The opinion of the court was delivered by: Dennis L. Beck United States Magistrate Judge
ORDER GRANTING DEFENDANT'S MOTION TO MODIFY SCHEDULING ORDER (DOC. 145)
DEPOSITION DEADLINE: OCTOBER 20, 2010
ORDER DENYING PLAINTIFF'S MOTION TO ALTER OR AMEND JUDGMENT (DOC. 147)
Plaintiff Edward J. Mullins ("Plaintiff") is a prisoner in the custody of the California Department of Corrections and Rehabilitation. Plaintiff is proceeding pro se and in forma pauperis in this civil rights action pursuant to 42 U.S.C. § 1983. This action is proceeding on his second amended complaint against Defendant Wencicker for retaliation in violation of the First Amendment. Pending before the Court are: 1) Defendant's motion to modify the scheduling order, filed September 17, 2010; and 2) Plaintiff's motion to alter or amend the judgment, filed September 23, 2010.
Defendant seeks to modify the scheduling order for the limited purpose of deposing Plaintiff. Defendant had previously sought an extension of time and received a date of September 20, 2010 to conduct the deposition. However, because Plaintiff was subsequently transferred to Lancaster State Prison, and lacked certain documents for the deposition date of September 20, Defendant moves for a thirty-day extension of time.
Motions to modify the scheduling order require a showing of good cause. Fed. R. Civ. P. 16(b)(4). Good cause appearing, the Court HEREBY ORDERS that Defendant's motion to modify the scheduling order for purposes of conducting a deposition, filed September 17, 2010, is GRANTED. Defendant is granted up to and including October 20, 2010 in which to depose Plaintiff regarding this action.
Plaintiff moves to alter the Court's judgment denying Plaintiff appointment of counsel. Plaintiff refers to the Court's September 14, 2010 Order denying Plaintiff appointment of counsel. Plaintiff contended, inter alia, that counsel was necessary during this deposition to protect Plaintiff from self-incrimination. The Court found this contention vague and insufficient to justify appointment of counsel.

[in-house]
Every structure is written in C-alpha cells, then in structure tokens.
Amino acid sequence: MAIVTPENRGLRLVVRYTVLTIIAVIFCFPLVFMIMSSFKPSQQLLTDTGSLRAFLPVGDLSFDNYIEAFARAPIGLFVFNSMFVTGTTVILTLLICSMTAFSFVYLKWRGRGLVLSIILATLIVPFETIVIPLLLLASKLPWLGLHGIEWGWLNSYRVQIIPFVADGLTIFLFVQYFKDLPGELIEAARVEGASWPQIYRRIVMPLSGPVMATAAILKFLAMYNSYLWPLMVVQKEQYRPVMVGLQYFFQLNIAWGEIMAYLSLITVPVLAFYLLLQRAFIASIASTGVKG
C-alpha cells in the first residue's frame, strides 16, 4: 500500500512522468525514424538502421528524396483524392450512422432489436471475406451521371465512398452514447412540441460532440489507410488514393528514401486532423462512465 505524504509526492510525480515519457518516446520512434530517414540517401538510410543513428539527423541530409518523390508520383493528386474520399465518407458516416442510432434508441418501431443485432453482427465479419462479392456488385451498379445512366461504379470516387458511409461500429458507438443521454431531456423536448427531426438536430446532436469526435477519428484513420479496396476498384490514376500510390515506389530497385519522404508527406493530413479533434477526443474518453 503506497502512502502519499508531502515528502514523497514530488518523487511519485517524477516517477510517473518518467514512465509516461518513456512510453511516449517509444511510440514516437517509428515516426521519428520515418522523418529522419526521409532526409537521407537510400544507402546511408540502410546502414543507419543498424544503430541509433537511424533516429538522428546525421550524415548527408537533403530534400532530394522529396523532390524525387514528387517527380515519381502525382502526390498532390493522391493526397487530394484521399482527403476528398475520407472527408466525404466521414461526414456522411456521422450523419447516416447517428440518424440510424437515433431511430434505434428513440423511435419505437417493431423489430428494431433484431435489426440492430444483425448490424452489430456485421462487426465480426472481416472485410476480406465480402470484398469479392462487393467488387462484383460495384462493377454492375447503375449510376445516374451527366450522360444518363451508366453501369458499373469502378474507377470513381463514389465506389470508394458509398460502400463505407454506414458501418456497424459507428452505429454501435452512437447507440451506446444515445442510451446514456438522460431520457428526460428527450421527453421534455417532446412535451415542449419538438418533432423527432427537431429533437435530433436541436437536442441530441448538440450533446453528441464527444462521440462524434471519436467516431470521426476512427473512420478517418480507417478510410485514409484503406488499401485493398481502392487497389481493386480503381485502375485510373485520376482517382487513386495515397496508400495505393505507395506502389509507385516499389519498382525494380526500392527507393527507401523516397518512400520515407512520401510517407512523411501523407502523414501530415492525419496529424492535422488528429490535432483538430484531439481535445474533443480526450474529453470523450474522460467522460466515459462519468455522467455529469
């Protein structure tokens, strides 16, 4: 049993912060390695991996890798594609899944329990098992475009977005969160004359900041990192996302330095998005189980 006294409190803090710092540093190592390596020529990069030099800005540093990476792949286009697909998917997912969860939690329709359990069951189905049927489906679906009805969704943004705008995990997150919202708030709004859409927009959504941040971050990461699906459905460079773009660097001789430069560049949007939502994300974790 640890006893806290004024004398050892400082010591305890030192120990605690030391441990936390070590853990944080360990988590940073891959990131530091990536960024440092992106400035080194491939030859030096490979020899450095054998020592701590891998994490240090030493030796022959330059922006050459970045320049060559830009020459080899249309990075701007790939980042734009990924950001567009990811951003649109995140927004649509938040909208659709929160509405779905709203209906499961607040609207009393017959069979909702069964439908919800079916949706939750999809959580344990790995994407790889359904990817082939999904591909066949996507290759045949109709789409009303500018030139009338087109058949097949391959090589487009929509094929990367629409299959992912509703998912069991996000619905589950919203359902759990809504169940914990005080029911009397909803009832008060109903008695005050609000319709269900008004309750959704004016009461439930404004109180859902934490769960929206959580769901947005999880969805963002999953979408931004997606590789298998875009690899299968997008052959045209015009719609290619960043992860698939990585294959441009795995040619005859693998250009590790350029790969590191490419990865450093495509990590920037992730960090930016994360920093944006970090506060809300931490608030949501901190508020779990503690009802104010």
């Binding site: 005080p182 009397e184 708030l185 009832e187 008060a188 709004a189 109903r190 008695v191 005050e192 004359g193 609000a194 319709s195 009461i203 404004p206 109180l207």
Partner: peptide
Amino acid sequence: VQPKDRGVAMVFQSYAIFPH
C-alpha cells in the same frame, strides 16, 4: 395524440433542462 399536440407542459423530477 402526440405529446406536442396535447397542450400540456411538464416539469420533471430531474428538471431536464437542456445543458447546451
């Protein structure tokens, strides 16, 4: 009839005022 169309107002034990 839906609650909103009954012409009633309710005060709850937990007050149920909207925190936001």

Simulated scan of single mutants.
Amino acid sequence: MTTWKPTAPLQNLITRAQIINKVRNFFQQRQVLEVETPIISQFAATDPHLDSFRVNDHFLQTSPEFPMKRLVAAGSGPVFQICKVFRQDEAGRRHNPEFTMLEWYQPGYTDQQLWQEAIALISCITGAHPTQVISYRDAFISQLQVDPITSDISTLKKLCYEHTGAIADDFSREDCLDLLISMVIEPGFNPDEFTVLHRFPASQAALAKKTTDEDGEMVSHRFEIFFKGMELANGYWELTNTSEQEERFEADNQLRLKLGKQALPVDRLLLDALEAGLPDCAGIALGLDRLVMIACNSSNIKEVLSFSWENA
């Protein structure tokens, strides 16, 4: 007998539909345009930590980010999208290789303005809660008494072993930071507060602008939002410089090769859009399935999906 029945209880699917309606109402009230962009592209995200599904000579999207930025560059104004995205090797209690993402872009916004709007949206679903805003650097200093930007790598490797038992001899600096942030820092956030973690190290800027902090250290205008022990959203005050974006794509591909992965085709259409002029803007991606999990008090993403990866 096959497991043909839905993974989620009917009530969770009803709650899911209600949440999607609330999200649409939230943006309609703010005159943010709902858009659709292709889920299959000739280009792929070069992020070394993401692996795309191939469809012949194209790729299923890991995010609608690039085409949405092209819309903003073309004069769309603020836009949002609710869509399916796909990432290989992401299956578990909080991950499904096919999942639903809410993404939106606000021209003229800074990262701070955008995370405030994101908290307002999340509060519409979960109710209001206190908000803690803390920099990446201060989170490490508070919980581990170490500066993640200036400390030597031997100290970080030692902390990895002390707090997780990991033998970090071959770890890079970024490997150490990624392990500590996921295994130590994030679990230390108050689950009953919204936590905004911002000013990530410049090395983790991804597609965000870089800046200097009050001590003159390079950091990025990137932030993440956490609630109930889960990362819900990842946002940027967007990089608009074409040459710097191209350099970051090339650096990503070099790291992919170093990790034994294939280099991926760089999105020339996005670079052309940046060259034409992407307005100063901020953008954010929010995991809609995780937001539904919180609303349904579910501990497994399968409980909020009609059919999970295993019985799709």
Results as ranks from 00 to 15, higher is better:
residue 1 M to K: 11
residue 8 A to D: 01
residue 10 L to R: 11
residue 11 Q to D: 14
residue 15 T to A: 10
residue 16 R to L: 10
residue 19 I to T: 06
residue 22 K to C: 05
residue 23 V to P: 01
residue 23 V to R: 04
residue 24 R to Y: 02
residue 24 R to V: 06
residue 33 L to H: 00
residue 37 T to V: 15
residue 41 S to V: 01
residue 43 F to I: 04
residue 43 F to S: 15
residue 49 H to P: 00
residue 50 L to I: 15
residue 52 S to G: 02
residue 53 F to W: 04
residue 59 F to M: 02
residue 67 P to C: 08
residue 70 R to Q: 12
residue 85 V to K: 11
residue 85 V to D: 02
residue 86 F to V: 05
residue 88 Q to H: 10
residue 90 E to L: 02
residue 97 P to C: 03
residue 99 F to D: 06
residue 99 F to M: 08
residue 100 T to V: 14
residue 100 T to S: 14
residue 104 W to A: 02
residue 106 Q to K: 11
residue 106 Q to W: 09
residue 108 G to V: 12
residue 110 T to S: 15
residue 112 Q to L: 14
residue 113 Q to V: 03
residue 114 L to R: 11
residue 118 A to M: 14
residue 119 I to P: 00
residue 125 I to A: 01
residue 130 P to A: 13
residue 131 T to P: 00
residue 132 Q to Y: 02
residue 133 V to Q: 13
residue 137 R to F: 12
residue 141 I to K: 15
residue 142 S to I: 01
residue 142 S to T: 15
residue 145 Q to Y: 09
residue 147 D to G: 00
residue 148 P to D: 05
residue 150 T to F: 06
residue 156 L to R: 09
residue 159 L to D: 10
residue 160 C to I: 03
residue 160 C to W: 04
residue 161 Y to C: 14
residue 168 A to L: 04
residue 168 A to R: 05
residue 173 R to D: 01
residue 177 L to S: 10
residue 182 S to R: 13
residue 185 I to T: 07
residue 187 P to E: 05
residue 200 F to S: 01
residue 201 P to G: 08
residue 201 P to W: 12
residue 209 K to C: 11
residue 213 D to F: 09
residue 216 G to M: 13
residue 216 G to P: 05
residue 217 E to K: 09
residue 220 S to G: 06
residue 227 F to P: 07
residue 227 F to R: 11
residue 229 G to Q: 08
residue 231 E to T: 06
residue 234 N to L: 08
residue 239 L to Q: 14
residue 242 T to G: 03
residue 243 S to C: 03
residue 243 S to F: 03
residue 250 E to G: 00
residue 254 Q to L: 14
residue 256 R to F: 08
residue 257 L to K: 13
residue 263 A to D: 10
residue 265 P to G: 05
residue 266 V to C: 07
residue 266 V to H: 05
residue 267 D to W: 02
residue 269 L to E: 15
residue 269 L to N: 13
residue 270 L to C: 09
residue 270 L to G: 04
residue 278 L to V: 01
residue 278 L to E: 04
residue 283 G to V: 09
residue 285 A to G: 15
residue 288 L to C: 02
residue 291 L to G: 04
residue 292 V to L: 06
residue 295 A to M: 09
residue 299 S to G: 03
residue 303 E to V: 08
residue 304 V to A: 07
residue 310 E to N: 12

Plaintiff now contends that he has pertinent material which indicates that there are underlying dynamics and invisible factors in this action. Plaintiff further contends that he is being denied access to the courts at Lancaster State Prison. Plaintiff seeks an alteration of the Court's order and for a grant of Plaintiff's request for counsel.
As to the denial of access to the courts, this Court lacks jurisdiction. Federal courts are courts of limited jurisdiction, and as a preliminary matter, the court must have before it an actual case or controversy. City of Los Angeles v. Lyons, 461 U.S. 95, 102 (1983); Valley Forge Christian Coll. v. Ams. United for Separation of Church and State, Inc., 454 U.S. 464, 471 (1982). If the court does not have an actual case or controversy before it, it has no power to hear the matter in question. Lyons, 461 U.S. at 102. Thus, "[a] federal court may issue an injunction [only] if it has personal jurisdiction over the parties and subject matter jurisdiction over the claim; it may not attempt to determine the rights of persons not before the court." Zepeda v. United States Immigration Serv., 753 F.2d 719, 727 (9th Cir. 1985). Lancaster State Prison is not a defendant in this action, and thus the Court has no jurisdiction over parties not before it.
As to the appointment of counsel, Plaintiff fails to submit any evidence in support. Applications for reconsideration require submission of what new or different facts or circumstances are claimed to exist. See L. R. 230(j). Plaintiff's allegations are unsupported, and thus there is no basis for the Court to appoint counsel for Plaintiff or reconsider its previous order.
Based on the foregoing, Plaintiff's motion, filed September ...